Nicaragua’s new constitution becomes law

Changes to Nicaragua’s constitution have gone into effect, paving the way for its leader, Daniel Ortega, to run for a third consecutive term in 2016.
The bill approved last month also scraps the minimum required votes for election and allows the president to issue decrees with force of law.
Mr Ortega says the changes were needed for the impoverished Central American nation’s stability.
But the opposition argues they are a threat to democracy.
The changes were expected to be published on Monday, but hackers attacked the official online publication and its paper version did not appear before Tuesday either.
The Nicaraguan National Assembly approved the changes at the end of January.
The bill scraps limits to the number of terms Nicaraguan presidents can serve.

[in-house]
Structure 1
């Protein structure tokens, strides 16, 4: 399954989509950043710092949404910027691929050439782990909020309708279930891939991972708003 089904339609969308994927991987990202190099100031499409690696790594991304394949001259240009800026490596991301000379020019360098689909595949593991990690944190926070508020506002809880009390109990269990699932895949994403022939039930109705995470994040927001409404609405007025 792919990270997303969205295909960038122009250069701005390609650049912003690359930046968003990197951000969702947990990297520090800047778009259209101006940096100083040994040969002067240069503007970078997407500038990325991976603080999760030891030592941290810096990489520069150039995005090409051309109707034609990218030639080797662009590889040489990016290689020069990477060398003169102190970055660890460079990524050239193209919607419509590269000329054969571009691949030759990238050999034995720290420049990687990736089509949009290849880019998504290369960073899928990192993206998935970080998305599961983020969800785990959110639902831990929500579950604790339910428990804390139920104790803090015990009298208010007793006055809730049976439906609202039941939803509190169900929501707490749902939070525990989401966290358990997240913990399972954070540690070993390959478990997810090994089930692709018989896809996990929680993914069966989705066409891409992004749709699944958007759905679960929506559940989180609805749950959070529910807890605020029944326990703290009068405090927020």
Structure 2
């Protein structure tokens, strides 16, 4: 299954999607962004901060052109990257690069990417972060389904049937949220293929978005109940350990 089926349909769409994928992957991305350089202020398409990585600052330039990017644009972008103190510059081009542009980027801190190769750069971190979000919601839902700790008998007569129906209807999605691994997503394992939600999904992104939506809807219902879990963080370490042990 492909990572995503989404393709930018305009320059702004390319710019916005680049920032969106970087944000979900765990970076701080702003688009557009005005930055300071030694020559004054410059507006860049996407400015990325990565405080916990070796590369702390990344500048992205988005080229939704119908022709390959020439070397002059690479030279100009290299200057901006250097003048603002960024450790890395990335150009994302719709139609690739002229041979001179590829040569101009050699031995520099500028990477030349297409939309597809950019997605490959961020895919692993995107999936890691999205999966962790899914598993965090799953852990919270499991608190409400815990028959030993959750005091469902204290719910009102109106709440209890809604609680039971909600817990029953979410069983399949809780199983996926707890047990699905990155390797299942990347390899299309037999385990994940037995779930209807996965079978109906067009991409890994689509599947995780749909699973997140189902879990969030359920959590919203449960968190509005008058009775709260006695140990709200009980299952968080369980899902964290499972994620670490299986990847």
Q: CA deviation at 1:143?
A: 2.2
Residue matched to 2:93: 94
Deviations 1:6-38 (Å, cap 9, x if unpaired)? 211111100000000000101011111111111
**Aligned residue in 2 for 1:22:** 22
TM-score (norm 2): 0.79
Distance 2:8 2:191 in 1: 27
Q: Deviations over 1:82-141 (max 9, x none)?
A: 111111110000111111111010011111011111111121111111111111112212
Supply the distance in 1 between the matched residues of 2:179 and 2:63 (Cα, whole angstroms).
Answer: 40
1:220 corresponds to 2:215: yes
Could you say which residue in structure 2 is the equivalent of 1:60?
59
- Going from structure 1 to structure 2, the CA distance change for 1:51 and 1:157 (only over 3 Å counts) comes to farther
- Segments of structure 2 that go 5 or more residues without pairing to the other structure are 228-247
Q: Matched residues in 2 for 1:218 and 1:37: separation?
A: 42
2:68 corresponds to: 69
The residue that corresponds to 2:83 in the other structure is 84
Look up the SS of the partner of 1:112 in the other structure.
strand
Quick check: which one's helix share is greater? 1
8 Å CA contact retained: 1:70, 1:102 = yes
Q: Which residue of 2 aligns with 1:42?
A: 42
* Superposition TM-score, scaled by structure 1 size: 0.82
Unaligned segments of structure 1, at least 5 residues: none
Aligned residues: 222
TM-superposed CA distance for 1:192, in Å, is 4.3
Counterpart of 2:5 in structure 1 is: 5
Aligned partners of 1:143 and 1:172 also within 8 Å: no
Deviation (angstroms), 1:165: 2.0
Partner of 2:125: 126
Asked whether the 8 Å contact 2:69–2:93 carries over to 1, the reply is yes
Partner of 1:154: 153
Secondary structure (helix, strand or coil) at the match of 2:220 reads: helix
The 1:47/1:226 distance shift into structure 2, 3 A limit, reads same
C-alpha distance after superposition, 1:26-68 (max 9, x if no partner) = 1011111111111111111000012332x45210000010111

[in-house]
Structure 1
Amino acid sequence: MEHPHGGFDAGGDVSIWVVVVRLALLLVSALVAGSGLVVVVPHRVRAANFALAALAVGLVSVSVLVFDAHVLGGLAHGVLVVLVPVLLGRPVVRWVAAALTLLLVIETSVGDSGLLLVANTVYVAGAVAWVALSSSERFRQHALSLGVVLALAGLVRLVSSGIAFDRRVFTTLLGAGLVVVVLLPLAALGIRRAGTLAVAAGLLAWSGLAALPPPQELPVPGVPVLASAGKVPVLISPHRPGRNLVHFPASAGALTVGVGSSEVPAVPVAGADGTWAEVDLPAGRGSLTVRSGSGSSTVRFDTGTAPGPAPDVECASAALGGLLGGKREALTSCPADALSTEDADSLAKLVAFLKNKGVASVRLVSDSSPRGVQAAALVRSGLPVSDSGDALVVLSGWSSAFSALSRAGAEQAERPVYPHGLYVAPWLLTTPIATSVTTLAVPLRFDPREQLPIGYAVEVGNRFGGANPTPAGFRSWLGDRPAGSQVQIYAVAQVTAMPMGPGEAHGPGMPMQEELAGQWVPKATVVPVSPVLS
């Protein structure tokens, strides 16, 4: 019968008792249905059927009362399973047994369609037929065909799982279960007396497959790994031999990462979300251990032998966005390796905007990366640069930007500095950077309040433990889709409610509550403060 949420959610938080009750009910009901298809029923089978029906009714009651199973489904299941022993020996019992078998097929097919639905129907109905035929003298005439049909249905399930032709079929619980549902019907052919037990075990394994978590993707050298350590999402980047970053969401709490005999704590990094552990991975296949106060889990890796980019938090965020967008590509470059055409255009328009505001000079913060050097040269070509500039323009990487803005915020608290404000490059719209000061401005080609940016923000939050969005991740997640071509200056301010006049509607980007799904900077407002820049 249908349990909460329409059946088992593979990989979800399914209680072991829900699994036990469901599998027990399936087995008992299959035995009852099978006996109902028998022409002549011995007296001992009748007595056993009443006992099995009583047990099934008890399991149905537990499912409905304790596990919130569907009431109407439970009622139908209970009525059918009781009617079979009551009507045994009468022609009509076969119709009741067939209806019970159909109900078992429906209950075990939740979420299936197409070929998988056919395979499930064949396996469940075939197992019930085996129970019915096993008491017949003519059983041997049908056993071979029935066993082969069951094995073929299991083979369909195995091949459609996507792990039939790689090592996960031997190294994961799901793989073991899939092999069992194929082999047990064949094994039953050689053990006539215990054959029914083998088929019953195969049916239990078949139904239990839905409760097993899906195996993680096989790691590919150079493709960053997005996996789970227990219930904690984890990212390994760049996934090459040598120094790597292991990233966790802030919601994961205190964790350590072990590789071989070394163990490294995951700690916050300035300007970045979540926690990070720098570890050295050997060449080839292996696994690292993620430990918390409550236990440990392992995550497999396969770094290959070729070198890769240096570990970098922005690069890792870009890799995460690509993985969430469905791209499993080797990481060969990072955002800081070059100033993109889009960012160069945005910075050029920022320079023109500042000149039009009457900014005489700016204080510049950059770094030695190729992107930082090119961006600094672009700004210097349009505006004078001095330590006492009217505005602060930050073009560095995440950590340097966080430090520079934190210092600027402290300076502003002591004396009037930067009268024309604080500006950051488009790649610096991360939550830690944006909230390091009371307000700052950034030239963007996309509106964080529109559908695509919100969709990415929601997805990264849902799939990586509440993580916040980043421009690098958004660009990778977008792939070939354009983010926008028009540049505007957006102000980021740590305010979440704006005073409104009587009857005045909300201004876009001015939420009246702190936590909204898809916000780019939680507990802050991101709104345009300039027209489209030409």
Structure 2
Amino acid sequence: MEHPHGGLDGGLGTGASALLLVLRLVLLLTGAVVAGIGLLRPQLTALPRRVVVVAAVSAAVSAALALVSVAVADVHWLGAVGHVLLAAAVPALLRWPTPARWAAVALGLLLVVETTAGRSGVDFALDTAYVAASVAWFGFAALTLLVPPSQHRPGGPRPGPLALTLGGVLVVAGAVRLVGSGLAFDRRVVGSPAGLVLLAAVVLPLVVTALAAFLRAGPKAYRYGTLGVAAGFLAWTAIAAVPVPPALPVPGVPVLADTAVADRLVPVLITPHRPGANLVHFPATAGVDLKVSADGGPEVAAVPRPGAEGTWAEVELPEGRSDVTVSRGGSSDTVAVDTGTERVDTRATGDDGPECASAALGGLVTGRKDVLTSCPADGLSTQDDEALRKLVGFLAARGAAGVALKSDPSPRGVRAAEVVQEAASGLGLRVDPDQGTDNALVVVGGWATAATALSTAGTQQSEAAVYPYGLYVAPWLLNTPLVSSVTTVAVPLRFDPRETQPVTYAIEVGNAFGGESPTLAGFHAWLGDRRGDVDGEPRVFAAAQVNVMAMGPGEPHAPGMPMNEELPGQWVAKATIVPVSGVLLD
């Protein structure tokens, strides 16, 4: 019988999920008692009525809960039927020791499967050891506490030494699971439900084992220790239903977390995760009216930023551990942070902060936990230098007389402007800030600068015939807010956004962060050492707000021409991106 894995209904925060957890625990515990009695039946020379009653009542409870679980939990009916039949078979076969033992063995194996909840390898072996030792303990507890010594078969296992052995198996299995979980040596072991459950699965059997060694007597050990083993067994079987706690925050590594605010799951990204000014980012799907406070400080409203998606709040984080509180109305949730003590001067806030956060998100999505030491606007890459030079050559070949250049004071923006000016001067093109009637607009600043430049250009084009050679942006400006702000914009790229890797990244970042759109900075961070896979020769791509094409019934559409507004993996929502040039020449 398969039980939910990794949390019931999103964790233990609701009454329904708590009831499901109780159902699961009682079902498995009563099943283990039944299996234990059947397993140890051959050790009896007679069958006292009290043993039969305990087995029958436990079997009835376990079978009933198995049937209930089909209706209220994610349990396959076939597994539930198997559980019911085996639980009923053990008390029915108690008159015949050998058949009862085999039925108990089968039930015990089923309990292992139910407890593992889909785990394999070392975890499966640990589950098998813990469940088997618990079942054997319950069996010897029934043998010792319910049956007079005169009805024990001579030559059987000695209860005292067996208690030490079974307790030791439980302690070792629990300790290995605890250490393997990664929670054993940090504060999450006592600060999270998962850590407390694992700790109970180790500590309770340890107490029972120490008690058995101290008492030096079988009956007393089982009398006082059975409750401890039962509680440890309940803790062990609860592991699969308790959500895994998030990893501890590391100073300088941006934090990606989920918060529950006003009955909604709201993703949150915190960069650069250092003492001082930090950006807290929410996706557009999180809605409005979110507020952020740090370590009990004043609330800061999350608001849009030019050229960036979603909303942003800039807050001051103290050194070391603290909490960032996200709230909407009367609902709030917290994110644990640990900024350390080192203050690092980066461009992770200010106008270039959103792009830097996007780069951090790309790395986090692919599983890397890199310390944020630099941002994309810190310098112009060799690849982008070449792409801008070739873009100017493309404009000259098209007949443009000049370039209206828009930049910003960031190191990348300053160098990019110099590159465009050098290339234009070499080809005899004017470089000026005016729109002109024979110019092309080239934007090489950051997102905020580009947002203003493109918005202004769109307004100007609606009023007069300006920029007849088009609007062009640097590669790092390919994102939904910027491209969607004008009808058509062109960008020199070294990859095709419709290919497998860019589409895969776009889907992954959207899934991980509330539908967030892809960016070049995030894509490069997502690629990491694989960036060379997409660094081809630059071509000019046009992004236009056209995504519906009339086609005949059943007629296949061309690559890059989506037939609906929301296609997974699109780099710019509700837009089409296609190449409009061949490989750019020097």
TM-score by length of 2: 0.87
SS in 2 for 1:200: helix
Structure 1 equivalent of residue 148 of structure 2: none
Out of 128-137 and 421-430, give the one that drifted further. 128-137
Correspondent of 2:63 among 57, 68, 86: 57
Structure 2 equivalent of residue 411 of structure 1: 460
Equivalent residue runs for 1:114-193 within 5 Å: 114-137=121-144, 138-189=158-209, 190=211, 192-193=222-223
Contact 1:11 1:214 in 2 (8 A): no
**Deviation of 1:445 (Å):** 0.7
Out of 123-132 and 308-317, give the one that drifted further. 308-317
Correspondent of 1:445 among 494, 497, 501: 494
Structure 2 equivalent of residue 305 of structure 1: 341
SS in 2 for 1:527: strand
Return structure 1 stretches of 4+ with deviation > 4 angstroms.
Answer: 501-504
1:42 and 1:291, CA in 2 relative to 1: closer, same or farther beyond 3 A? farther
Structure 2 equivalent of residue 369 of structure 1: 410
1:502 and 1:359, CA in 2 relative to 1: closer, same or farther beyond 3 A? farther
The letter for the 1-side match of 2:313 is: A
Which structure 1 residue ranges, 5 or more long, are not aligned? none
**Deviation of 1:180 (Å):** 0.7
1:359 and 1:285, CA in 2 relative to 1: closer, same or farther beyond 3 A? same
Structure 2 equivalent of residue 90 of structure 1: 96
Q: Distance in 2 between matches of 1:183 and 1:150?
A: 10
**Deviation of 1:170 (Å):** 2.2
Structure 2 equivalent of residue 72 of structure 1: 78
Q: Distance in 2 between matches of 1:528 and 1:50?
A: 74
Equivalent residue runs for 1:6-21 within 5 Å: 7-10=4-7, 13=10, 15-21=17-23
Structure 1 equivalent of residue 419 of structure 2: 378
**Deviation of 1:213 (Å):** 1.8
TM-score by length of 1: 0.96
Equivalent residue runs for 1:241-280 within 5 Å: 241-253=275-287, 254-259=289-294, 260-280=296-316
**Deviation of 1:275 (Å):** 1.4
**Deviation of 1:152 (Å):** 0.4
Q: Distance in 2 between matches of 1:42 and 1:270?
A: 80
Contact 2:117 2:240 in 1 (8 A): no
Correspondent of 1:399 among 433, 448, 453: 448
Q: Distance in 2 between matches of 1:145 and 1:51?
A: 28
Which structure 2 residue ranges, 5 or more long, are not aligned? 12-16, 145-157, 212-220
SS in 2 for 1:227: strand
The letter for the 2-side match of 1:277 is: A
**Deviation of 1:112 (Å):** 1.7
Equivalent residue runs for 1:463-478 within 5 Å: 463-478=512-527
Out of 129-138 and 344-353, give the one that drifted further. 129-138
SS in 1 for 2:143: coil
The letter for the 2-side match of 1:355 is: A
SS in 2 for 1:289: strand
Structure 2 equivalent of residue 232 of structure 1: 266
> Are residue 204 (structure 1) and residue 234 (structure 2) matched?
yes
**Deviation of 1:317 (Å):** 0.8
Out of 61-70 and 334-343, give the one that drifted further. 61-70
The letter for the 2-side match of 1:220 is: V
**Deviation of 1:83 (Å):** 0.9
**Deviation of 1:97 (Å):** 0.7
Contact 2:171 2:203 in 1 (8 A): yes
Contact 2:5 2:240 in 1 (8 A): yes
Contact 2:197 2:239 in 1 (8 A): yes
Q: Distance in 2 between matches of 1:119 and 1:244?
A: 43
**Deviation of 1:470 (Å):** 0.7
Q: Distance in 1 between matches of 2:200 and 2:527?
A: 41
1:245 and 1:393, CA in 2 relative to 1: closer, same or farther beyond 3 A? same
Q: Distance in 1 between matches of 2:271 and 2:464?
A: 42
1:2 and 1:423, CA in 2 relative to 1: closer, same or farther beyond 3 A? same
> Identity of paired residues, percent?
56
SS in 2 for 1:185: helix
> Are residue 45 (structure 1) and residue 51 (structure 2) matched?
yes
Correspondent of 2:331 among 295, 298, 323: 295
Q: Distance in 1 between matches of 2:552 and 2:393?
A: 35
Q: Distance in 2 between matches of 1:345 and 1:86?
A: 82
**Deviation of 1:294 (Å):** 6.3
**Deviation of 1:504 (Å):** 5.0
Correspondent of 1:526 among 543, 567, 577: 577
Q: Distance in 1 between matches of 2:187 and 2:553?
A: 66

Nicaragua is one of the poorest countries in the region. Its main export is being threatened by coffee rust, a fungus affecting plantations across Central America.
The constitutional changes were approved by 64 votes to 25.
The reform scraps the previous rule that the winning candidate needs to receive at least 35% of the vote to be elected president.
It also allows the appointment of active duty police and military officials to government offices currently set aside for civilians.
– BBC News

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